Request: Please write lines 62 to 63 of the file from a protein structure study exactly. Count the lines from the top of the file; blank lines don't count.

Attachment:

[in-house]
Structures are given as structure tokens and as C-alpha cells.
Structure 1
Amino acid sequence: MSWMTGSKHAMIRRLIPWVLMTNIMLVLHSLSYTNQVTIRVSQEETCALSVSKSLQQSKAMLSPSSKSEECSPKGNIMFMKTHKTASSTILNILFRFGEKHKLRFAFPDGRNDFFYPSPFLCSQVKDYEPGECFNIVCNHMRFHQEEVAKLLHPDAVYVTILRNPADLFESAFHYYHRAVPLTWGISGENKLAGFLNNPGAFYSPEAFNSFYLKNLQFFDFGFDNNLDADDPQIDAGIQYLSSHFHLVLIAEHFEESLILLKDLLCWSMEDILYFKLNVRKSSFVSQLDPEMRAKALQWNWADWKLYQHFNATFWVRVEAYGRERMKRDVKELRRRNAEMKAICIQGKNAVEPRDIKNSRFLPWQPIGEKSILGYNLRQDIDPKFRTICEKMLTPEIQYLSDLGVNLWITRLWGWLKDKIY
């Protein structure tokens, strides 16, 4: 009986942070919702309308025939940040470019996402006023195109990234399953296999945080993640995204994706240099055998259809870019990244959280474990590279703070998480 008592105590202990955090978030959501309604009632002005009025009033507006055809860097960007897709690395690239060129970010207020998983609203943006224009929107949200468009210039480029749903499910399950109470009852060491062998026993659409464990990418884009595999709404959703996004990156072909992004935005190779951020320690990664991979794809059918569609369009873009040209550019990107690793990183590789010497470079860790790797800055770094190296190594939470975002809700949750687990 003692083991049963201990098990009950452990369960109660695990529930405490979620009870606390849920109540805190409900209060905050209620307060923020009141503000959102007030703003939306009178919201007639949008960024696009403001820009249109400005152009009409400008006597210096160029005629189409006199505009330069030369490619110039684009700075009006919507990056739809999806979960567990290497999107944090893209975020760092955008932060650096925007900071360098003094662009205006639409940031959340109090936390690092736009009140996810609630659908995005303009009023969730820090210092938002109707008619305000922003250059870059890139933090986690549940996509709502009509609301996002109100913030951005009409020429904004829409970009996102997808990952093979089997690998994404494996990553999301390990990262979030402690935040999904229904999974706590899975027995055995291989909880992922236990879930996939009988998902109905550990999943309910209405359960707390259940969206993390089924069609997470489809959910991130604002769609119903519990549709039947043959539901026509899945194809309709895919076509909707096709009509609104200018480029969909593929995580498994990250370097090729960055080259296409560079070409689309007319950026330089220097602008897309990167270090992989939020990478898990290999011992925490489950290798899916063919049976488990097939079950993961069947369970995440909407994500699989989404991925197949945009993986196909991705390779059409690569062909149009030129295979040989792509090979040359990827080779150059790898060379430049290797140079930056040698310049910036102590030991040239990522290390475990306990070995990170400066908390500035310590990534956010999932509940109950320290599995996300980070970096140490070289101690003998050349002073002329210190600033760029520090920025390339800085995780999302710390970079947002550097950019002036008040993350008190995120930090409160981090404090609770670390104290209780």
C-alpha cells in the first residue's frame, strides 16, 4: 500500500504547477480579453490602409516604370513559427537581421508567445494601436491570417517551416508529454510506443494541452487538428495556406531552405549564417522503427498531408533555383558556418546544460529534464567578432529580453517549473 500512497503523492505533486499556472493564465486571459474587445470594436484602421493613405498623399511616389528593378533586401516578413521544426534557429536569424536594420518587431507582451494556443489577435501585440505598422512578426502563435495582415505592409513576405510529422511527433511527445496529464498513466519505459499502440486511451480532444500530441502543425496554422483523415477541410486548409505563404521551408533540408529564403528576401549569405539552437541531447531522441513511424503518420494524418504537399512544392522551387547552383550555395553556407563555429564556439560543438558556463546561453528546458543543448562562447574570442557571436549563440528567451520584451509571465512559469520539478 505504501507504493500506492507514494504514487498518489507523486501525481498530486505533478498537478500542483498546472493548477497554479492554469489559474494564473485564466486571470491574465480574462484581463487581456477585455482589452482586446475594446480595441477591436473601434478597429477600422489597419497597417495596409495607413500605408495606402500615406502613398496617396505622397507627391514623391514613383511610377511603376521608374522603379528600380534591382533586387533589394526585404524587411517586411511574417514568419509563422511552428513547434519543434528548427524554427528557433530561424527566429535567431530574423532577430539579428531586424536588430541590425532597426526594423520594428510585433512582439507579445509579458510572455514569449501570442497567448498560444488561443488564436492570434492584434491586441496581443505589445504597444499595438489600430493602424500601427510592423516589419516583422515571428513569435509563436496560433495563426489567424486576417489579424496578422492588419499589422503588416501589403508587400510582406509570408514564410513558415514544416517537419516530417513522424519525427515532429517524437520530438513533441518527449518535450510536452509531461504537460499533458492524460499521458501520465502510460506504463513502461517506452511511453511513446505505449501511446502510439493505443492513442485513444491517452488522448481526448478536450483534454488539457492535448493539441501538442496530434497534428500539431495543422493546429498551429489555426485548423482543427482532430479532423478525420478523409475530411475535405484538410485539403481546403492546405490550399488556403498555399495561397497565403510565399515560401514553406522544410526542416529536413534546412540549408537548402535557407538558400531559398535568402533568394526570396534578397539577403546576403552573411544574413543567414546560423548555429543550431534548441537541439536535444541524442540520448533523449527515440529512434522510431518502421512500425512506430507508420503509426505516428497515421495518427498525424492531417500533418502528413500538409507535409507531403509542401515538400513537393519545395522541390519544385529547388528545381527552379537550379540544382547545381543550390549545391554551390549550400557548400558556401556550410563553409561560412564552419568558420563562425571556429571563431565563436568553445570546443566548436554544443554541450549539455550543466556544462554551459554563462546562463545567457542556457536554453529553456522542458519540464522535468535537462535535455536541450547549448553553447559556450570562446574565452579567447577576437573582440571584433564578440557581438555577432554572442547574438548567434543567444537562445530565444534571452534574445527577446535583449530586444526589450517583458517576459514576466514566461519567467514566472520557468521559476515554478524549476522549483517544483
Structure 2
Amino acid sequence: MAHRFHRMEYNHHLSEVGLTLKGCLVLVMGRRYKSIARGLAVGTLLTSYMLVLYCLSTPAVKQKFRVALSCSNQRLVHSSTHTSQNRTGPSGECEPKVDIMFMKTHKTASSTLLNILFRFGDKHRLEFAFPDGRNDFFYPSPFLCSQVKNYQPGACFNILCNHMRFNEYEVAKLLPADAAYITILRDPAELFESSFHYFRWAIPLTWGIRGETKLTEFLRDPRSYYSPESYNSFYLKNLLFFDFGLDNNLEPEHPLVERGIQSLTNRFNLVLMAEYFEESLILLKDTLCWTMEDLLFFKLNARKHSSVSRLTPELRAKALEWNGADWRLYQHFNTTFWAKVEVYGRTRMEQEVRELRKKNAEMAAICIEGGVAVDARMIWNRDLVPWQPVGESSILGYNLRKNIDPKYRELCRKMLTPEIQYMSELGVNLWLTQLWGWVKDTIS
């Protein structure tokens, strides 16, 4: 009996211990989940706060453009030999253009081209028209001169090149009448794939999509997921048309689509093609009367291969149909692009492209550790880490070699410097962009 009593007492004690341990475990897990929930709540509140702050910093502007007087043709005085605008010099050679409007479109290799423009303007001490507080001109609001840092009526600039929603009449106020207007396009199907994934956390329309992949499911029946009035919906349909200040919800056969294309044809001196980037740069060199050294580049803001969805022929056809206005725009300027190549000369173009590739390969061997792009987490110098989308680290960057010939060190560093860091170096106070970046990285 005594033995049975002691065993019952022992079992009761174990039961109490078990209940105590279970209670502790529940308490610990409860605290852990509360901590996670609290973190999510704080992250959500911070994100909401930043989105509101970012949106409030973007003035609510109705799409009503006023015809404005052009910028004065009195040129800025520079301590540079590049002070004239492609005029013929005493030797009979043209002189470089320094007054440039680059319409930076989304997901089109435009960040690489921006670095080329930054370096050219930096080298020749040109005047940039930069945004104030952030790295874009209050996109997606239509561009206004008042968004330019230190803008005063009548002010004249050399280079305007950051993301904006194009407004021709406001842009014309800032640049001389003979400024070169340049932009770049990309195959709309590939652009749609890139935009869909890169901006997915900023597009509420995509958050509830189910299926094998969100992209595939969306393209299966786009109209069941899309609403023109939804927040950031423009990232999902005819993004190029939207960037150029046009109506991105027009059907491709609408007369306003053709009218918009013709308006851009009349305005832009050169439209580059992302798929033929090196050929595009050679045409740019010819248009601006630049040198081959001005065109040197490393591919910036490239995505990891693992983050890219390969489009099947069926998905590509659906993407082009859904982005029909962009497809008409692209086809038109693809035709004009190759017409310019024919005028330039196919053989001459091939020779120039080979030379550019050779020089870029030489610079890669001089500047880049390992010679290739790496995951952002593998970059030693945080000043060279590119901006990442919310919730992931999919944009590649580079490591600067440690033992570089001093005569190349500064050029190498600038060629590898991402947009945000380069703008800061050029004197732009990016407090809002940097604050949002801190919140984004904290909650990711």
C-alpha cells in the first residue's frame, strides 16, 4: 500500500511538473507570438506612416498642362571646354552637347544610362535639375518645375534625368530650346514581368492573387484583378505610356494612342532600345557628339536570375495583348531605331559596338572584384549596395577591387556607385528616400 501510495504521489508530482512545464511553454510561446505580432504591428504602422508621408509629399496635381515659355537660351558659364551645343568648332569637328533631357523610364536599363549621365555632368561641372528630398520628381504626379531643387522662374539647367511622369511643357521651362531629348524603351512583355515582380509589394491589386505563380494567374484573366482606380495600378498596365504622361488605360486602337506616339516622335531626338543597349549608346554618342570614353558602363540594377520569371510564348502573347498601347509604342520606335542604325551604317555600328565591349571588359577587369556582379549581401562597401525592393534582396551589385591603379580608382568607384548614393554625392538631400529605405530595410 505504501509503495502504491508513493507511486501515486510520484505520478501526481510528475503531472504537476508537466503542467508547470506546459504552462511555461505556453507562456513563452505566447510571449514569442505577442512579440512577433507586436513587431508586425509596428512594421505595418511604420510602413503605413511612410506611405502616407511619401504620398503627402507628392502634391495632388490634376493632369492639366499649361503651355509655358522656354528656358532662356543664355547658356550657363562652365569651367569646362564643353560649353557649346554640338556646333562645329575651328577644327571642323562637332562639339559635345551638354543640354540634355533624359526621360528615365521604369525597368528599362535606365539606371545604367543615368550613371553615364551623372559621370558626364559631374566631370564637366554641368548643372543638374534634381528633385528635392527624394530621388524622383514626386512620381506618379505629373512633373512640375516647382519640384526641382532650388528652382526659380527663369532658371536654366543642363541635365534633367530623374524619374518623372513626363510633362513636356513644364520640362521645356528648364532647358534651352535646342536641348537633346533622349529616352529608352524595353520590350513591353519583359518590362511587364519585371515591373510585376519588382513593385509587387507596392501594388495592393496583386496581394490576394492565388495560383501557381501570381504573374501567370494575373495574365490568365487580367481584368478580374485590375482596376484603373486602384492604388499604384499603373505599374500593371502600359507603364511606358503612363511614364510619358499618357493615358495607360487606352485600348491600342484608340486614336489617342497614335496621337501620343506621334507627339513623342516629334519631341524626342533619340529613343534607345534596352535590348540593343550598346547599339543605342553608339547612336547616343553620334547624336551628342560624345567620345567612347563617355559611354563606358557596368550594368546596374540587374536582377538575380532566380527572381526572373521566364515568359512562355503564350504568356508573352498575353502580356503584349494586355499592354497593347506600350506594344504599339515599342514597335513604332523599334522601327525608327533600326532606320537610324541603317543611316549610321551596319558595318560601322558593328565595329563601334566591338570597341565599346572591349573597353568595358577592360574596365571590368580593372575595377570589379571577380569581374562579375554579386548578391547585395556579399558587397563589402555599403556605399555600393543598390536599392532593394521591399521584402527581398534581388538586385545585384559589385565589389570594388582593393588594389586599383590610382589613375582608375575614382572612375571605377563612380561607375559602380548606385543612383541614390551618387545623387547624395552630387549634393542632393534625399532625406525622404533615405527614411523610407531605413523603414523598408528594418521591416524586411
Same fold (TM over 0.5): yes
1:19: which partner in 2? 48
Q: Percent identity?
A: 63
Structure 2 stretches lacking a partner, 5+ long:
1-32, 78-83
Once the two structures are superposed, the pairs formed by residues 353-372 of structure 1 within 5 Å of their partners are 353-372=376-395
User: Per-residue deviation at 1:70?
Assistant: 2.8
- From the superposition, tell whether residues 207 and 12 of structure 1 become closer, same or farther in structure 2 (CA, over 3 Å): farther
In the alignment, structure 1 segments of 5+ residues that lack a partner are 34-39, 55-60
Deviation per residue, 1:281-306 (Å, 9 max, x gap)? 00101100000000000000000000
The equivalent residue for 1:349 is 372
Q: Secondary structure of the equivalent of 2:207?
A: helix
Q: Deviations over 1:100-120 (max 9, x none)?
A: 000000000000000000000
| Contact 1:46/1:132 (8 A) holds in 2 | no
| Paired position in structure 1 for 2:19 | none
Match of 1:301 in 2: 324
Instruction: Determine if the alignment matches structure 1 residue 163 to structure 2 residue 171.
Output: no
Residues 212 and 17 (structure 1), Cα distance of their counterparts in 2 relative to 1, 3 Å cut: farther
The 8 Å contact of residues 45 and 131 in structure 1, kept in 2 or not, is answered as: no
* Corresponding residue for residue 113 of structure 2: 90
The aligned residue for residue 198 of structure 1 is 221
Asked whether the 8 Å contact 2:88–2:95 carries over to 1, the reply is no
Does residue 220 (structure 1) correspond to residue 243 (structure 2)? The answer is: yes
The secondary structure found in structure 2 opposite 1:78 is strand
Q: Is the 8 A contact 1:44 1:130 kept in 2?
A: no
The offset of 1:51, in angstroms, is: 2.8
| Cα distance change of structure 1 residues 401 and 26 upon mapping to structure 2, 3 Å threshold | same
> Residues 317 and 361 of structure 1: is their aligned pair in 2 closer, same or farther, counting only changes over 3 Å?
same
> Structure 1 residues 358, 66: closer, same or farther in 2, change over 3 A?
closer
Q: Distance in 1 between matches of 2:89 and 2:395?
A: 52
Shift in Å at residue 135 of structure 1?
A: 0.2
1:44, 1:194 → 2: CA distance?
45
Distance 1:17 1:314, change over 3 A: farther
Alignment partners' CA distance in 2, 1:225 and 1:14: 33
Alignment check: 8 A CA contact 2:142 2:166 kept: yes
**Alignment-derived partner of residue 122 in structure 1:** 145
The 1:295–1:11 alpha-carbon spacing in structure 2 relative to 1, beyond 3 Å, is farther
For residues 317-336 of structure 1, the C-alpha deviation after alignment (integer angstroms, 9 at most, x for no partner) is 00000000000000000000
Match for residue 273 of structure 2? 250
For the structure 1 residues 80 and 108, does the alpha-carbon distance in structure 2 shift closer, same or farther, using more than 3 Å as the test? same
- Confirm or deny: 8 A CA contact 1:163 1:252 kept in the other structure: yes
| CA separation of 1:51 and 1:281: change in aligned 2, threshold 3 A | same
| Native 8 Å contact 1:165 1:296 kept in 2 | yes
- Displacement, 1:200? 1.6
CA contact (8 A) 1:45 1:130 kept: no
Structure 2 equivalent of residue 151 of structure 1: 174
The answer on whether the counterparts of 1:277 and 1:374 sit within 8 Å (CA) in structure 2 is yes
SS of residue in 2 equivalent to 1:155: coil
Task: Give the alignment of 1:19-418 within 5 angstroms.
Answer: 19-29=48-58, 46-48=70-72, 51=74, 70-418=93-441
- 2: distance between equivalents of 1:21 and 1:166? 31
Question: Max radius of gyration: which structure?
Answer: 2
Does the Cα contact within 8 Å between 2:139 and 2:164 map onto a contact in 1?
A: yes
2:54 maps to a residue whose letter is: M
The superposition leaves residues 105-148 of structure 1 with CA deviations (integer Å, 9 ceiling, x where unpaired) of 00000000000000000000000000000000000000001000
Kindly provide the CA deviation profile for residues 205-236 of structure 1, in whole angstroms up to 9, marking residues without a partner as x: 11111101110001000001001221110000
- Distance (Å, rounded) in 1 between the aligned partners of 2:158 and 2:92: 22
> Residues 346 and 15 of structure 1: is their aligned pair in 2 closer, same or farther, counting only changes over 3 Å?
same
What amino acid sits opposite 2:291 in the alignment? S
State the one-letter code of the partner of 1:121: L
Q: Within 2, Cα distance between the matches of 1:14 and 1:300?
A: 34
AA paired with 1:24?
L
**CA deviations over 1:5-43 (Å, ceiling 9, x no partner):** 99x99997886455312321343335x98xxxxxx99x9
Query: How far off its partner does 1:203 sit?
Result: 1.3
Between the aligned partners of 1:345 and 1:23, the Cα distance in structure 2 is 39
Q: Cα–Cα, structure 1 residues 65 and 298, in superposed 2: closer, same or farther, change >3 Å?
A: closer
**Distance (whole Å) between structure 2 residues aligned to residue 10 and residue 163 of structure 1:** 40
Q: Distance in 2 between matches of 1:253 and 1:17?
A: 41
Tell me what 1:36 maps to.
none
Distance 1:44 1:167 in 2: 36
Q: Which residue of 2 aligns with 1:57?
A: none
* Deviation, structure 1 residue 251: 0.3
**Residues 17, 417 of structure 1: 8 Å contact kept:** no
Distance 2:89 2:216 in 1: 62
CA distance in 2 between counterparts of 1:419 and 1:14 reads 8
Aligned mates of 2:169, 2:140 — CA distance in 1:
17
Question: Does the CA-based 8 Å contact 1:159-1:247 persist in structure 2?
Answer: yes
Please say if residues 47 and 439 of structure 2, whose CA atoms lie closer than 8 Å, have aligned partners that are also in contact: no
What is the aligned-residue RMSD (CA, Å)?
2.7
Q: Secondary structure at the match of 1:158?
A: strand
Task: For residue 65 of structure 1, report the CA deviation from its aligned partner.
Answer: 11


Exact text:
- Confirm or deny: 8 A CA contact 1:163 1:252 kept in the other structure: yes
| CA separation of 1:51 and 1:281: change in aligned 2, threshold 3 A | same